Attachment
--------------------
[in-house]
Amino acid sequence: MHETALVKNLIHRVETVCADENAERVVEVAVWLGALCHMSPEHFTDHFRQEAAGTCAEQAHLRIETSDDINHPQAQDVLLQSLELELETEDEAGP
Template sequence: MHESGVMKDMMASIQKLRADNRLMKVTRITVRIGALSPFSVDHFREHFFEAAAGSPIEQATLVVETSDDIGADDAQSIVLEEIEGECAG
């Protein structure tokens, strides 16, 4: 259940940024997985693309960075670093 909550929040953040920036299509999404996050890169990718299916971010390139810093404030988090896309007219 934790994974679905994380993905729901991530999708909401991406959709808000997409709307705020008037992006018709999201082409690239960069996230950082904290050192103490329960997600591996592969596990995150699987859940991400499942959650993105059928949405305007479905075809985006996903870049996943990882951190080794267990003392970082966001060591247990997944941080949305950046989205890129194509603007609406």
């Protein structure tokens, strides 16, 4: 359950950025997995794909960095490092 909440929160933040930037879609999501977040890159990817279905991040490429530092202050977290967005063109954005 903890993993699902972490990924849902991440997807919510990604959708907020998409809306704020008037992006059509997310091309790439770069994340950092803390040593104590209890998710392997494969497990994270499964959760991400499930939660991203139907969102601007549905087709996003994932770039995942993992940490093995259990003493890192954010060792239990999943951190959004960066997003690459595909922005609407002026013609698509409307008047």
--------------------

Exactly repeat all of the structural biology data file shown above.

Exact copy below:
[in-house]
Amino acid sequence: MHETALVKNLIHRVETVCADENAERVVEVAVWLGALCHMSPEHFTDHFRQEAAGTCAEQAHLRIETSDDINHPQAQDVLLQSLELELETEDEAGP
Template sequence: MHESGVMKDMMASIQKLRADNRLMKVTRITVRIGALSPFSVDHFREHFFEAAAGSPIEQATLVVETSDDIGADDAQSIVLEEIEGECAG
């Protein structure tokens, strides 16, 4: 259940940024997985693309960075670093 909550929040953040920036299509999404996050890169990718299916971010390139810093404030988090896309007219 934790994974679905994380993905729901991530999708909401991406959709808000997409709307705020008037992006018709999201082409690239960069996230950082904290050192103490329960997600591996592969596990995150699987859940991400499942959650993105059928949405305007479905075809985006996903870049996943990882951190080794267990003392970082966001060591247990997944941080949305950046989205890129194509603007609406």
């Protein structure tokens, strides 16, 4: 359950950025997995794909960095490092 909440929160933040930037879609999501977040890159990817279905991040490429530092202050977290967005063109954005 903890993993699902972490990924849902991440997807919510990604959708907020998409809306704020008037992006059509997310091309790439770069994340950092803390040593104590209890998710392997494969497990994270499964959760991400499930939660991203139907969102601007549905087709996003994932770039995942993992940490093995259990003493890192954010060792239990999943951190959004960066997003690459595909922005609407002026013609698509409307008047």